The system arrived in a huge box filled with packing peanuts. All flanges
were carefully wrapped and taped up, so the peanuts wouldn't get inside.
The whole exhaust is over four meters (14 feet) long. It was split into
four sections for easier shipping, and came with clamps and a chrome tip.
Downpipe and cat
The downpipe looks smoother than
I bought from Jak three years ago. It comes with a sport cat and two
flex joints before and after cat for better strain resistance (most
aftermarket systems have only one flex pipe).
The middle section is a simple straight pipe with an odd noname resonator
welded in. As it turned out, it didn't work very well, producing an awful
drone between 2-3K RPM. It resonated through the whole car, making the
highway ride almost unbearable.
The resonator is just an empty can with baffles designed to reflect and
eliminate certain sound frequences. In reality, it only made things worse
and had to be replaced
with a better one soon after.
The curved section snakes past the fuel tank and under the rear axle.
Older cars had an extra pair of hangers at the beginning of this section.
Jak skipped it as he used a 2004 Aero for a test fit, but I added them
during the install.
The rear muffler is Flo-Pro Max, in an 18" long stainless 4"x9" oval body
with a pair of hangers attached.
This picture shows the straight through perforated pipe inside the muffler.
It's wrapped in steel mesh and sound absorbing material.
Clamps and tip
Also included were three Easy Seal clamps and a chrome tip with "Magnaflow"
stamped on it.
For exhaust installation, the whole car should be up in the air. I used
ramps at the front and jacks in the rear.
O2 sensor connector
The rear O2 sensor is often hard to undo on the car. Instead, unplug its
connector and drop the wires down.
Remove the heat shield over the turbo. Detach the return pipe from the
bypass valve if it's in the way.
Use a crowfoot or a specialized socket to remove the front O2 sensor.
Undo the two upper nuts on the downpipe.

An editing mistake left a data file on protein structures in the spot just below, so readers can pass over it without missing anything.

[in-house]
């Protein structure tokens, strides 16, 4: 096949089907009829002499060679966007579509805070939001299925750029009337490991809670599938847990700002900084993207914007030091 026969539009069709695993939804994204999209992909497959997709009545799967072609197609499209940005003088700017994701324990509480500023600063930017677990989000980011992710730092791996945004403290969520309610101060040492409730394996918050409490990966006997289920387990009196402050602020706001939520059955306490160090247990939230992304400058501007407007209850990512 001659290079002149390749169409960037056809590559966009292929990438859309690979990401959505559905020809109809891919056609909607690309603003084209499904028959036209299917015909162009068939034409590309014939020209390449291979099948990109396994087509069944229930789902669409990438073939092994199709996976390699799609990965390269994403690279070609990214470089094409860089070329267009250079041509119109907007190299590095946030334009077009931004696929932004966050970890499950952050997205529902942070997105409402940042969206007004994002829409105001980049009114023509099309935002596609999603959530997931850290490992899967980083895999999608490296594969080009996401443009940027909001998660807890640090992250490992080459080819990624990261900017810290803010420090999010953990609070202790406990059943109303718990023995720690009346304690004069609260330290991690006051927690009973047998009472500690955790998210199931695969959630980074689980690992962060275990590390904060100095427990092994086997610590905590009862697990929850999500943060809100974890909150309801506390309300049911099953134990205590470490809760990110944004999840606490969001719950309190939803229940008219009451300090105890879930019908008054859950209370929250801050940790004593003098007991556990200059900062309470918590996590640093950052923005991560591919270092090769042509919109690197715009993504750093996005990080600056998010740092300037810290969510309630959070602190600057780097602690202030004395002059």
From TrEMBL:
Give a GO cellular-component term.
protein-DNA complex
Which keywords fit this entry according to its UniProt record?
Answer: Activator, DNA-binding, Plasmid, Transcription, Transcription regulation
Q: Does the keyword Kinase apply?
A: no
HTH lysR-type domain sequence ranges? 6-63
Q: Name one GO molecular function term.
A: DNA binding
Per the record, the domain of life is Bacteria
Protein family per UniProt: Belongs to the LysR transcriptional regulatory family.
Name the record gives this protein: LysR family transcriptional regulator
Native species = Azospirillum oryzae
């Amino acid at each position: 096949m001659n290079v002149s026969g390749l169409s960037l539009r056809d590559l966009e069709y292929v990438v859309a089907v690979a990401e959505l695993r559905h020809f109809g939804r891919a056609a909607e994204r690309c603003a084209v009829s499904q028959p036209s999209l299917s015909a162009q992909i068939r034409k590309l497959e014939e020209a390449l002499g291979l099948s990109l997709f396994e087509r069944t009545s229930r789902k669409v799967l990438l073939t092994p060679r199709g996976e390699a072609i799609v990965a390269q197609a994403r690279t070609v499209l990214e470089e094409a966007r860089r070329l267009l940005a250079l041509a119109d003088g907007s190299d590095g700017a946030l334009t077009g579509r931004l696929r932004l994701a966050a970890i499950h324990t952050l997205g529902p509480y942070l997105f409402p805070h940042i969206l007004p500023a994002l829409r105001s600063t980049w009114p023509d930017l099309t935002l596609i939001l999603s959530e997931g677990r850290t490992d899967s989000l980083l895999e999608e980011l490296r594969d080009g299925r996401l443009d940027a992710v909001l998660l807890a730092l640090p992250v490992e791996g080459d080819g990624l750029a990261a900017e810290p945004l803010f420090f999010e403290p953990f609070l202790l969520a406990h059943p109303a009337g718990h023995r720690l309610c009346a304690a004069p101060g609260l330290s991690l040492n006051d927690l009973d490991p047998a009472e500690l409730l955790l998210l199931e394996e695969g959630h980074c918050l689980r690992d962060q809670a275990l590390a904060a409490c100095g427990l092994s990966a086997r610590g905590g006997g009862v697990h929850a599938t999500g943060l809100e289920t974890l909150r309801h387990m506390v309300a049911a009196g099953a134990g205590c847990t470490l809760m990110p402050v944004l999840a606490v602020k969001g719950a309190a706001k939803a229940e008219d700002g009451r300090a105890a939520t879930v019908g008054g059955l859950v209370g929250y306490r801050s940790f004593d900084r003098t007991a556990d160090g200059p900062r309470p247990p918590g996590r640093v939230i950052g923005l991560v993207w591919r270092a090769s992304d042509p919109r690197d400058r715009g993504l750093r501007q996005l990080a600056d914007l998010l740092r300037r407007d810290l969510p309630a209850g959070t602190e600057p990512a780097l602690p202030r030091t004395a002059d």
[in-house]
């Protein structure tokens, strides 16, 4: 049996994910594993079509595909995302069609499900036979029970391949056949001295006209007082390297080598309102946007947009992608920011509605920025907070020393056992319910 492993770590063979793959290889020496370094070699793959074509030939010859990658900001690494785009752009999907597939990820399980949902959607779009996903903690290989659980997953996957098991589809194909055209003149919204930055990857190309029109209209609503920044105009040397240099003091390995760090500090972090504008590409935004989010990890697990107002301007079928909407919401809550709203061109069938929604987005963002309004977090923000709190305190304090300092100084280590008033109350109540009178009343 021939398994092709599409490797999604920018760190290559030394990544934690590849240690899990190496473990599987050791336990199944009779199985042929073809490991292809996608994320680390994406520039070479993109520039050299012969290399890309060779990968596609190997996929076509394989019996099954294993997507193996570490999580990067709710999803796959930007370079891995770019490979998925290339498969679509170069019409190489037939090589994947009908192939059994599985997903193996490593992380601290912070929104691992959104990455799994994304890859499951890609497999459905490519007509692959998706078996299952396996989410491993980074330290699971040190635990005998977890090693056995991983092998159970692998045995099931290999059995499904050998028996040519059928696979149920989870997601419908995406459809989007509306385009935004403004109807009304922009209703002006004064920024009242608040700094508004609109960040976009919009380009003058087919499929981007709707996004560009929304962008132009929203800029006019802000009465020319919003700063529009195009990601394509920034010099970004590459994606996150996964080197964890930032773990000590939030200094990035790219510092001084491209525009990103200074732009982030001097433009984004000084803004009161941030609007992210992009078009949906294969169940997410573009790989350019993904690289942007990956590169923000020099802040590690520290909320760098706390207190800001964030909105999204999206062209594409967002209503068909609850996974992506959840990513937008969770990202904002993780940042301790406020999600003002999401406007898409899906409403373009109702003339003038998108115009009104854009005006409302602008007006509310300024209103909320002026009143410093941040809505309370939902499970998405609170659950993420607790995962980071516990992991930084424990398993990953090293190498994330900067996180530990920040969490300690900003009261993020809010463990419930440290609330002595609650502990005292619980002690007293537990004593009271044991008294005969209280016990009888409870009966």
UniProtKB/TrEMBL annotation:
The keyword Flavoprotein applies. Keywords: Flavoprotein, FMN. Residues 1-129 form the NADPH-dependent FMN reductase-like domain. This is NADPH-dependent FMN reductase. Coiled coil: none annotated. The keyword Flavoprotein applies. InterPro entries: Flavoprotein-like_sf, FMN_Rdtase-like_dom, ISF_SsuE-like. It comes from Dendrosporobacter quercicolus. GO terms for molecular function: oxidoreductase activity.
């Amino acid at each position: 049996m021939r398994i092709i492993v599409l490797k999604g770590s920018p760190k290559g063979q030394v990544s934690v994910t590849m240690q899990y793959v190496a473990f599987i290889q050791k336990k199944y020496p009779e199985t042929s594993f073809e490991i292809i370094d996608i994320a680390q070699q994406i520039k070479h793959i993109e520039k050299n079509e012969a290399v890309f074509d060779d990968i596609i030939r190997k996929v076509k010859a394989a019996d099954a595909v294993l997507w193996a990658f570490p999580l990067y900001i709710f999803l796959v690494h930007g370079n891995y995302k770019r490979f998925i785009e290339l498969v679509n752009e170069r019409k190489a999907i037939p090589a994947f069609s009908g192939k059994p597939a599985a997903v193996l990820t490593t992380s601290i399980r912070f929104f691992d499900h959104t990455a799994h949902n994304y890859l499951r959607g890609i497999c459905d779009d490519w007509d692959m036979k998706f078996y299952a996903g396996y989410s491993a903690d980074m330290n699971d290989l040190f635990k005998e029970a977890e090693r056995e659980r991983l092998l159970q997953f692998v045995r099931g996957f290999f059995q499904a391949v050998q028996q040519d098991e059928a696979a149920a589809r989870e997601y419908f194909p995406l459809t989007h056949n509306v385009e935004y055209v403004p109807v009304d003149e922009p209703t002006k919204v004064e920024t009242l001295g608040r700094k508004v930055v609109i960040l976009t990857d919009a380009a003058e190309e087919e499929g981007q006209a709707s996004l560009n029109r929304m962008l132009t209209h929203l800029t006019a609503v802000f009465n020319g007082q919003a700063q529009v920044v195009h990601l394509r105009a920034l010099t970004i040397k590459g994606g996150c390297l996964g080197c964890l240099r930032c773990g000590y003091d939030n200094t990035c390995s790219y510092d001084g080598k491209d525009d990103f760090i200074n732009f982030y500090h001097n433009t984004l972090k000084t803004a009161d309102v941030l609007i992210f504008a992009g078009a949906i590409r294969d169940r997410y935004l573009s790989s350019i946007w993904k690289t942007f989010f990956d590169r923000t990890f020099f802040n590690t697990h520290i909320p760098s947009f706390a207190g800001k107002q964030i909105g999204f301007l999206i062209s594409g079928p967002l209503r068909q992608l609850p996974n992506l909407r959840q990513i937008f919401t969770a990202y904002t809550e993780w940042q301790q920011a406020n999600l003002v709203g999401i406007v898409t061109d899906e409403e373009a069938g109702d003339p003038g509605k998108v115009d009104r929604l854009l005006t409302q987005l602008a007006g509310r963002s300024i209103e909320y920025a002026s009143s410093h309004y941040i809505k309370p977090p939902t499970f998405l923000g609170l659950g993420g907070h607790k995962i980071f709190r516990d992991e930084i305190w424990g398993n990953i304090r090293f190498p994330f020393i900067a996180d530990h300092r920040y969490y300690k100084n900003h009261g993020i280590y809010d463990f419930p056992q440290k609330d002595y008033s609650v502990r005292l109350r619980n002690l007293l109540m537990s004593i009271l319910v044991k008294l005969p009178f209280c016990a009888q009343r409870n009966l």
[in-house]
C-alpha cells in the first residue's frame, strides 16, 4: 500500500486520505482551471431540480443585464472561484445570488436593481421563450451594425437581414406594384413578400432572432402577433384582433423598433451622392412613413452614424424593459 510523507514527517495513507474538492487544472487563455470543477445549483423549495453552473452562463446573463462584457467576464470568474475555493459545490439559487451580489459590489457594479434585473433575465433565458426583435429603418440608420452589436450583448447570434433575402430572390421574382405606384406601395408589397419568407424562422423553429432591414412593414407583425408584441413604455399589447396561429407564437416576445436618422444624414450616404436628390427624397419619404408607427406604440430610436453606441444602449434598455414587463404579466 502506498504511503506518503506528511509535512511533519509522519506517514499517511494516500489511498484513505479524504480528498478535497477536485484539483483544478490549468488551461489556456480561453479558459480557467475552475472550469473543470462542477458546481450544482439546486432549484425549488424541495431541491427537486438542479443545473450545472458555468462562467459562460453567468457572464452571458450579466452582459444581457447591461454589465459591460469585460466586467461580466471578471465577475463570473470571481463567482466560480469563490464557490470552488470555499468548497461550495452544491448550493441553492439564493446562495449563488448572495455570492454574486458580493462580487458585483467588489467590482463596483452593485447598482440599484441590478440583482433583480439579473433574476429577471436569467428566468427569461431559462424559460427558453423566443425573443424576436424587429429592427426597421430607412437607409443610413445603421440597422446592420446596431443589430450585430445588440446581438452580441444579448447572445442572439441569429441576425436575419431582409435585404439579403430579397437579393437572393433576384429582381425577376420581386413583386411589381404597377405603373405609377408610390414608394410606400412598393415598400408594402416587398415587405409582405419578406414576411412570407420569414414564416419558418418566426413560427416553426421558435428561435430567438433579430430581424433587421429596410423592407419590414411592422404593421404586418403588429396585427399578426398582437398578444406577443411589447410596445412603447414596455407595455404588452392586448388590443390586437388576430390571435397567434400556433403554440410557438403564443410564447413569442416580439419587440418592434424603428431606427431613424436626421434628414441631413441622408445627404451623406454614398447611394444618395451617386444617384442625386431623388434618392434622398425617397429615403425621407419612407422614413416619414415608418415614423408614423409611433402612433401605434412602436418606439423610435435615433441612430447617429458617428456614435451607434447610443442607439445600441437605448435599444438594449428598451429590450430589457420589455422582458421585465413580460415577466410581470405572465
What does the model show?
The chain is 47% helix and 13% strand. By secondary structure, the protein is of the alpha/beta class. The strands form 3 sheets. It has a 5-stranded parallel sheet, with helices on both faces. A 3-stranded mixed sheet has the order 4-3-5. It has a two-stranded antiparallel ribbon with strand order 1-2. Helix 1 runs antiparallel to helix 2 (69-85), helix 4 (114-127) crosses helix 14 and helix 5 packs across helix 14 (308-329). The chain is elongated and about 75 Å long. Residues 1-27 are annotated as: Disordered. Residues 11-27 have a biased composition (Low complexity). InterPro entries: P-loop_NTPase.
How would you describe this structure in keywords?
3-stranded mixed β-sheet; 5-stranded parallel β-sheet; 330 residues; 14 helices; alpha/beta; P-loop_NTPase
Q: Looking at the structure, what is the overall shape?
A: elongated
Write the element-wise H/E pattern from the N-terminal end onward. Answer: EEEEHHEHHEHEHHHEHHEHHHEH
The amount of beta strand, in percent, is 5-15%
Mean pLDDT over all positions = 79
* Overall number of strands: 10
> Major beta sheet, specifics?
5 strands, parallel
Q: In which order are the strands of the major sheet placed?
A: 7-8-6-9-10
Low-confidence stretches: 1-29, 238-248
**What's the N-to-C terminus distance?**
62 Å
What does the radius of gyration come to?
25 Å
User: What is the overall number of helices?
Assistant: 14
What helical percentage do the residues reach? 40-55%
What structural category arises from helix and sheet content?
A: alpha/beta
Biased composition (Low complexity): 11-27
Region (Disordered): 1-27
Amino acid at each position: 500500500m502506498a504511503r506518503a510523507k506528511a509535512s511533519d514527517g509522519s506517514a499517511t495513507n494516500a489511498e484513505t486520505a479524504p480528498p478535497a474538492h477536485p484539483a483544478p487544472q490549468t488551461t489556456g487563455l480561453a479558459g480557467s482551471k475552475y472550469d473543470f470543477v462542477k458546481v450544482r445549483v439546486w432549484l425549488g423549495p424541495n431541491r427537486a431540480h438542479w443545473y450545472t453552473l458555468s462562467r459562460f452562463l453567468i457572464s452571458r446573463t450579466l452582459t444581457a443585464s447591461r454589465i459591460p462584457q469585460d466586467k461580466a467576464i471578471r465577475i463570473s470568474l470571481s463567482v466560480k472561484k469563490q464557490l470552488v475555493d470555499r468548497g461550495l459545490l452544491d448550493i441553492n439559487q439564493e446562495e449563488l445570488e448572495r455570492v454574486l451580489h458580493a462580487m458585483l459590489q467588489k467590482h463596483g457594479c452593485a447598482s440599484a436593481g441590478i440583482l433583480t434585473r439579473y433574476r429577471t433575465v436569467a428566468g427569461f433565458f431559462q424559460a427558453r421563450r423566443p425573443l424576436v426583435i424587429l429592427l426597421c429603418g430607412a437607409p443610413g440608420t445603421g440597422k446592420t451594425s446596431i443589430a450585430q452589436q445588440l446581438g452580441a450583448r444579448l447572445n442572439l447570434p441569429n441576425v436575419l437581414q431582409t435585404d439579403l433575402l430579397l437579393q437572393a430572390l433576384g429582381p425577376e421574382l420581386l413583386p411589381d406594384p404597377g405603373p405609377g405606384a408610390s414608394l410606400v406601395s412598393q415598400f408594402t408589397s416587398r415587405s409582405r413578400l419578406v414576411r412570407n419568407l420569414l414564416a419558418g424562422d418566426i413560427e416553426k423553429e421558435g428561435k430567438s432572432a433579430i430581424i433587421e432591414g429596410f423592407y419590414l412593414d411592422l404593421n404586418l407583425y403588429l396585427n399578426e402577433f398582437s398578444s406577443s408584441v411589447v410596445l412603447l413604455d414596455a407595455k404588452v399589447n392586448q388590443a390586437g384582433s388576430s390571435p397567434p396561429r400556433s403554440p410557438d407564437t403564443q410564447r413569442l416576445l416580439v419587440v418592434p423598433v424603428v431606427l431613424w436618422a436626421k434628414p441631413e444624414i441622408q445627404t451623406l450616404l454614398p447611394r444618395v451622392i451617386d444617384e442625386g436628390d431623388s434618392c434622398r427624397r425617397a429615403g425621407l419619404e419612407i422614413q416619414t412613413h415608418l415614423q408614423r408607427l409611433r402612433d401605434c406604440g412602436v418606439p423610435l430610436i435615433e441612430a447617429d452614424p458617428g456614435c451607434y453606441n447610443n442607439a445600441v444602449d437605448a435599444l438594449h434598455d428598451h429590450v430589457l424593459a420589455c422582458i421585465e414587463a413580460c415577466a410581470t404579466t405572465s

Mount your creeper, slide under the car and undo the lower nut holding
the downpipe. This one needs a 13 mm spanner as there's not enough room
for a ratchet.
Use a 14 mm socket to unbolt the reinforcement panel under the flex pipe.
Slide the panel out.
Remove two rubber supports at the rear muffler. You can see the right side
hanger already disappeared some time ago.
All the remaining hangers point forward, so if you give it a good tug
towards the back, the whole thing will just drop on the ground.
Drag the exhaust from under of the car. Watch the top of the downpipe so
it doesn't mess up any cables or hoses while being dragged.
Such a sorry sight. Big chunks of rust coming off the mufflers, the middle
flex pipe's been already replaced at least once, and the front flex is
loosing its braiding too.
Once the exhaust is on the ground, it should be easy to undo the rear O2
sensor. Again, use a crowfoot or a specialized socket on it.
New vs old
The new system is shinier, cleaner and noticeably thicker than the original.
The original piping is 60 mm (2 3/8"), while new is 76 mm (3").
To our surprise, a scrap metal collector showed up while we were working
on the car. That solved the problem of disposing of the old exhaust.
Start the assembly by connecting the two front sections. Make sure the
hangers are aligned evenly.
O2 sensor and clamp
Install the rear O2 sensor with some anti-seize on the threads and tighten
to 40 ft-lbs. Apply a bead of exhaust sealant on the joint and put the clamp on.
Fit the downpipe in the front rubber hangers.
Hook up the hangers supporting the resonator.
Slide the downpipe flange onto the turbo, make sure it doesn't rub
against the oil pan and the gearbox.
Assemble the two rear sections together. Spread some exhaust sealant, but
not tighten the clamp yet.
Fit the muffler and slide the hangers into the rubber supports.
Jak made all the hangers to point forward, so it was easy to fit the
pipe in place.
Connect the last joint in the middle and move the pipe around to ensure
it's perfectly centered along the entire exhaust duct.
Secure all the clamps and attach the reinforcement plate at the front.
Tighten to 50 ft-lbs.
Tighten the downpipe nuts to 18 ft-lbs. Use new locking nuts if the old
ones feel loose.
Install the front O2 sensor, don't forget the anti-seize.
Tighten to 40 ft-lbs. Plug in the rear sensor connector.
Restore the heat shield and the return line from the bypass valve.
Attach the muffler tip, make sure it's centered in the bumper cut-out.
Start the car and enjoy the new exhaust.
Small vs large
Unfortunately, as I described above, the resonator was not up to the job,
so I got this straight through Magnaflow muffler instead.
At 30 inches long and 6 inches wide, it was significantly larger.
It had barely enough room to fit under
the car, but the result was definitely worth it. The car became
virtually as quiet as stock when cruising, with a nice angry note
on the throttle.